Jobs that run from nine in the morning to five in the afternoon are often derided as dull and unchallenging. But a new study suggests they may be the healthiest of all work shifts.
The study, which was carried out by researchers at the University of Wisconsin School of Medicine and Public Health, involved a careful examination of data associated with just under 1,600 participants. The data, which included body mass index information, were collected between 2008 and 2012.
The study showed that people who work nine to five each day are less likely to be overweight, experience sleep issues (like insomnia), or feel tired while awake.
In contrast, people who worked night or afternoon shifts were far more likely to be overweight or obese, suffer serious sleep problems, and feel exhausted while awake.
The link between working non-traditional hours (in other words, anything that’s from nine to five or close to it) and sleep is concerning. The study showed that shift workers who were not able to get enough sleep (about seven hours each day) were far more likely to encounter metabolic disorders.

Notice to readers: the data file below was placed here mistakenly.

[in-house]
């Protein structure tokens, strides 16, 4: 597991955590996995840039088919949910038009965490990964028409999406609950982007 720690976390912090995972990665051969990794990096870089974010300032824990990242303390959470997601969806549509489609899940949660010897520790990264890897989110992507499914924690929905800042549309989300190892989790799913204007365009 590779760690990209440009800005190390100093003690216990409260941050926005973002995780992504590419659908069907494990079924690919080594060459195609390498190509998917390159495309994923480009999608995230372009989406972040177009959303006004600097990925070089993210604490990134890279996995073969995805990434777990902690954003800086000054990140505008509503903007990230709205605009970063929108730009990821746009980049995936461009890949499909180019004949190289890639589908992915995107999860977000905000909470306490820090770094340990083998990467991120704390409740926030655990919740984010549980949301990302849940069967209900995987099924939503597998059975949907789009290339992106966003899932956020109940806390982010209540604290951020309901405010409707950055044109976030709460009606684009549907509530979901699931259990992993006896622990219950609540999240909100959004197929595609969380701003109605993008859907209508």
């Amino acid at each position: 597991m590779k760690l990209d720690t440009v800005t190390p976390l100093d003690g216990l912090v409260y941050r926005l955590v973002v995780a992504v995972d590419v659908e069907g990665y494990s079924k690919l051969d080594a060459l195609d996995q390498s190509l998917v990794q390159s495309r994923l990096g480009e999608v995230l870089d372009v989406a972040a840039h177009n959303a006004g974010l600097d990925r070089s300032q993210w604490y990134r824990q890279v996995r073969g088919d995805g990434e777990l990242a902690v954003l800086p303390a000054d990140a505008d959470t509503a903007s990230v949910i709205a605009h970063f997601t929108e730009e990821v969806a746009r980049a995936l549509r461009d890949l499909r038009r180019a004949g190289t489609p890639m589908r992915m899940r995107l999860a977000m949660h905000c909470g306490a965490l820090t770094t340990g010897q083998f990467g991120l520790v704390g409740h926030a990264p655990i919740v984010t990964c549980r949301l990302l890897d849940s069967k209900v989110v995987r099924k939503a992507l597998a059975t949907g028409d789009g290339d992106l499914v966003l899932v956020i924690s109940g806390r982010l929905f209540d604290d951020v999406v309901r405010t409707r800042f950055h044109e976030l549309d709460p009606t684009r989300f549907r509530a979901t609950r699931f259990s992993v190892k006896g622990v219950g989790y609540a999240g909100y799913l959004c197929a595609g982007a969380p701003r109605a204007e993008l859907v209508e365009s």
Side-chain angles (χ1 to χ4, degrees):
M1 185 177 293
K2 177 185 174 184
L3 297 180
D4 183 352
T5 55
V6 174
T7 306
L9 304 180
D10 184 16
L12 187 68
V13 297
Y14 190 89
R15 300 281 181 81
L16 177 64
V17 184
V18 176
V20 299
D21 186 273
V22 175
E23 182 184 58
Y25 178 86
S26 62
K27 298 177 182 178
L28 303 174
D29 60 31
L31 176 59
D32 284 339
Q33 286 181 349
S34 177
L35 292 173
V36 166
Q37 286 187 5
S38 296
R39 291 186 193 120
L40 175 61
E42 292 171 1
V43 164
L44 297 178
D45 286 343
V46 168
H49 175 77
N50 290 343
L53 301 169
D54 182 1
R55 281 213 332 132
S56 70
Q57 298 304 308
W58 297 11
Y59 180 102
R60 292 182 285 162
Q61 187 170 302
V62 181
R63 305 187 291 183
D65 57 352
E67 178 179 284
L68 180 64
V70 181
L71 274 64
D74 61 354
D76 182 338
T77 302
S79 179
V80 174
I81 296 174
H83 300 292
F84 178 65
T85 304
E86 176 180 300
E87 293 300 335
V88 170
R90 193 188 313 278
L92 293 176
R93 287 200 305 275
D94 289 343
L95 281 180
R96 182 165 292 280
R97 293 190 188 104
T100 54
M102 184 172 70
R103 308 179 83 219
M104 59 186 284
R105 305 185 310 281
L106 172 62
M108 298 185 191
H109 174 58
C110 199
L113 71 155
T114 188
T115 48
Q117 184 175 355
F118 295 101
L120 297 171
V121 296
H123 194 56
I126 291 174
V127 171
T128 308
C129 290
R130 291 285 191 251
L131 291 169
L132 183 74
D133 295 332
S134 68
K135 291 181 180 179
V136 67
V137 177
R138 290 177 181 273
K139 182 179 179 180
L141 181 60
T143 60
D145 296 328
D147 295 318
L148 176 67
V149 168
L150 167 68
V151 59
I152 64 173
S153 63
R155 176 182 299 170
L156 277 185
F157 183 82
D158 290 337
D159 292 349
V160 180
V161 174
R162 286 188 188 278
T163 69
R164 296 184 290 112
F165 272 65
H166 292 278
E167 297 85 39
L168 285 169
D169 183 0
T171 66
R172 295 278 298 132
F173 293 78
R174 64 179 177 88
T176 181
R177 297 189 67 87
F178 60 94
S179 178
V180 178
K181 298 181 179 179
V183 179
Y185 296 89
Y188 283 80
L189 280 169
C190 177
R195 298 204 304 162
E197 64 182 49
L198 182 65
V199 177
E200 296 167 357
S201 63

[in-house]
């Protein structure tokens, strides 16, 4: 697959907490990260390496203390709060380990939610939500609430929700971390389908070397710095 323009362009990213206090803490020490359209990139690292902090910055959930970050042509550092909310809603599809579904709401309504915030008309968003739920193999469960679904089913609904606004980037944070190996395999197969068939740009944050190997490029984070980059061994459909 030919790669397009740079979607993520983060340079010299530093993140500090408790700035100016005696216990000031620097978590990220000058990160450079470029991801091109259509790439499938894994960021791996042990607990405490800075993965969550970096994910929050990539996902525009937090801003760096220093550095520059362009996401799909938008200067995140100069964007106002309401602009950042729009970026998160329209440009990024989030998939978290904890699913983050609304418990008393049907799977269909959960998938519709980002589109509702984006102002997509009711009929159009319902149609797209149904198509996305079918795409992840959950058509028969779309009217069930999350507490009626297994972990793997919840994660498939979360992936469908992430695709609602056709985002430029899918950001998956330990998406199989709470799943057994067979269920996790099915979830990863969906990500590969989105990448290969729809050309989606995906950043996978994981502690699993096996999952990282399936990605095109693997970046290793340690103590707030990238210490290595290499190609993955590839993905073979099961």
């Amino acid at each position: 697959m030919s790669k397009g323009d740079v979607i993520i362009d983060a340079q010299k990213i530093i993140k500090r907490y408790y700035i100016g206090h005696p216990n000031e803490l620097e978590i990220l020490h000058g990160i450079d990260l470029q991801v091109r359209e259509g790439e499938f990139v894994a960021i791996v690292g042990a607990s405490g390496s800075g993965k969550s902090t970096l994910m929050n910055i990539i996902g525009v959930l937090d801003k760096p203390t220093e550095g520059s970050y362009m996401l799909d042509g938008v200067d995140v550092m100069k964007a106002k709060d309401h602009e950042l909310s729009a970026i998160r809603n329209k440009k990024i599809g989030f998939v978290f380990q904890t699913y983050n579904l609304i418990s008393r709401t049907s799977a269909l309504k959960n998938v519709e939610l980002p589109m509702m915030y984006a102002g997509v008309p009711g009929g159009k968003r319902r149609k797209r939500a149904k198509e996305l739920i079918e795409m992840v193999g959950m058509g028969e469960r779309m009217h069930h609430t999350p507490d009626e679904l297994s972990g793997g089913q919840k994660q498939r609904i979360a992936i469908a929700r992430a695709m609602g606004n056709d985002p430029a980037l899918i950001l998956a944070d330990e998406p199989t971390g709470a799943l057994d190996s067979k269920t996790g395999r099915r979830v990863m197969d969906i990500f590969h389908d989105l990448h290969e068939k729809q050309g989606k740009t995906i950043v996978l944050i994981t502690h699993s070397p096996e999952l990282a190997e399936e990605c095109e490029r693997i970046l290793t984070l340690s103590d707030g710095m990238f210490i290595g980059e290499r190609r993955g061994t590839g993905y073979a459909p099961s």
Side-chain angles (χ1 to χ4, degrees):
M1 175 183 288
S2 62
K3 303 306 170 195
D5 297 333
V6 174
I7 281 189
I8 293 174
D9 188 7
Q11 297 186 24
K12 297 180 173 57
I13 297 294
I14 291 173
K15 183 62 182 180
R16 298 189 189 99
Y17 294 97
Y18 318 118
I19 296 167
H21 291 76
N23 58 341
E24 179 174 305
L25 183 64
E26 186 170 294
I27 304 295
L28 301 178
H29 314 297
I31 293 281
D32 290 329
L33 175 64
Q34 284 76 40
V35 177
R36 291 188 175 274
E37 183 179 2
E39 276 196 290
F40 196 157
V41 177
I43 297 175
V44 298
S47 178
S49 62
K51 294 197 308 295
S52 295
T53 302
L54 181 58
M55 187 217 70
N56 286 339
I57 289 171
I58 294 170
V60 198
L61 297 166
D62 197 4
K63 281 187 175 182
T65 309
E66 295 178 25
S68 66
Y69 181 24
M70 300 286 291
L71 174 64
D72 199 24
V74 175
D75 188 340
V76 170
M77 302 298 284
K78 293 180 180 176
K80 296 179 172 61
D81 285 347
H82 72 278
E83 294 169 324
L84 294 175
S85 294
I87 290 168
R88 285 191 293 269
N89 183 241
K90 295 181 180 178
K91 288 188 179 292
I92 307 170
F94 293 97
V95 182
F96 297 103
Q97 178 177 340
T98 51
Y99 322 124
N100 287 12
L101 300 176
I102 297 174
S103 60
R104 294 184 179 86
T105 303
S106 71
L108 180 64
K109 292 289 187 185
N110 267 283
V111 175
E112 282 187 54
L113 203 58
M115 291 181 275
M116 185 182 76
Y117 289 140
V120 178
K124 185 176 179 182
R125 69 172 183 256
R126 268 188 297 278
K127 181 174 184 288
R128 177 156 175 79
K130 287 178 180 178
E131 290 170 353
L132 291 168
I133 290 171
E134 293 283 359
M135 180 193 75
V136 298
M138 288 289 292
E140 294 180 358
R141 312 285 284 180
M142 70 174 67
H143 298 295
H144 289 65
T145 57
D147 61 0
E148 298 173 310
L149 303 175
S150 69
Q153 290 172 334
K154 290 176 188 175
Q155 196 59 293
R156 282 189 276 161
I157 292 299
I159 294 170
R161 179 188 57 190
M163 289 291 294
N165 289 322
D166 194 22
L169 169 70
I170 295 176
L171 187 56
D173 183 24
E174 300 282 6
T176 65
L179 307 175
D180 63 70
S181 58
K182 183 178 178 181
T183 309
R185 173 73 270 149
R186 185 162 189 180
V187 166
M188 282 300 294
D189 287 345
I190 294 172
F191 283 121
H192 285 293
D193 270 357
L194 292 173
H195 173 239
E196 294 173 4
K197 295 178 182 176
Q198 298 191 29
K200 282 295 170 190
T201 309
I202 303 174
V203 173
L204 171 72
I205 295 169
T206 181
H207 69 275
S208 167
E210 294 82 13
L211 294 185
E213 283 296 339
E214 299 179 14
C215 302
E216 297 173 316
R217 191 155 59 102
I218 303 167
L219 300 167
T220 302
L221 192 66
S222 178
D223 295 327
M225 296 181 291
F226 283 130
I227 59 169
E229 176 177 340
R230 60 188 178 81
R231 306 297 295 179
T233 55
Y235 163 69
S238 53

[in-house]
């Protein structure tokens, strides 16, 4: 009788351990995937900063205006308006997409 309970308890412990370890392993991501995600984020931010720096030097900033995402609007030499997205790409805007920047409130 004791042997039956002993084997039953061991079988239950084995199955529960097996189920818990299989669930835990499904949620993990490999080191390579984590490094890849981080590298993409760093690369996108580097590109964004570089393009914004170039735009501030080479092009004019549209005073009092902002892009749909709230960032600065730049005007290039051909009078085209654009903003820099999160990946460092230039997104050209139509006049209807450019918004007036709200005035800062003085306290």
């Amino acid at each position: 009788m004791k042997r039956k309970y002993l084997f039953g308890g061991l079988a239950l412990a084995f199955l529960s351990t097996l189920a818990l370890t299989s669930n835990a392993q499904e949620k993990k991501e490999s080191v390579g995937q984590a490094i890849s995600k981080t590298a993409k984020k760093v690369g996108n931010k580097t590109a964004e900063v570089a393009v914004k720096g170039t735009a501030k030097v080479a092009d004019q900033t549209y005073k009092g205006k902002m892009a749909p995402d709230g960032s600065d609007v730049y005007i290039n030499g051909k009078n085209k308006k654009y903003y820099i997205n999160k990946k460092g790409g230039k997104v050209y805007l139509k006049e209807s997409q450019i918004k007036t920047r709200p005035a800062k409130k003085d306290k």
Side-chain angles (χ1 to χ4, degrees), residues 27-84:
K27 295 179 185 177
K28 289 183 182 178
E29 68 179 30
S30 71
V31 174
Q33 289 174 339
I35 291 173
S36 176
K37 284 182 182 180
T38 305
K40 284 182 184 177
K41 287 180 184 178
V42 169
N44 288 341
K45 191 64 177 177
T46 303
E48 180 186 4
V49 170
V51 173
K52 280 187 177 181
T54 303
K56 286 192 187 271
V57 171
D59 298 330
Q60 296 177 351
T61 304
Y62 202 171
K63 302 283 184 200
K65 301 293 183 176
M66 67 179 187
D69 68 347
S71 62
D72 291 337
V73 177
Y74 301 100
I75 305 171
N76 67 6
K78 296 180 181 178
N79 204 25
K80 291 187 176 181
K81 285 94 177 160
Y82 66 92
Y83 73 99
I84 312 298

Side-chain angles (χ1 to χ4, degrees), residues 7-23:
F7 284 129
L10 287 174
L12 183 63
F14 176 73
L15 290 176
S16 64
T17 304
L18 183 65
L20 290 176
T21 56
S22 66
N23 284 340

Marjory Givens, the study’s lead researcher and an associate scientist at the University of Wisconsin School of Medicine and Public Health, says she hopes the study will draw more attention to the health costs of shift work.
“This study adds to a growing body of literature calling attention to the metabolic-health burden, commonly experienced by shift-workers, and suggests that obtaining sufficient sleep could lessen this burden,” Givens said.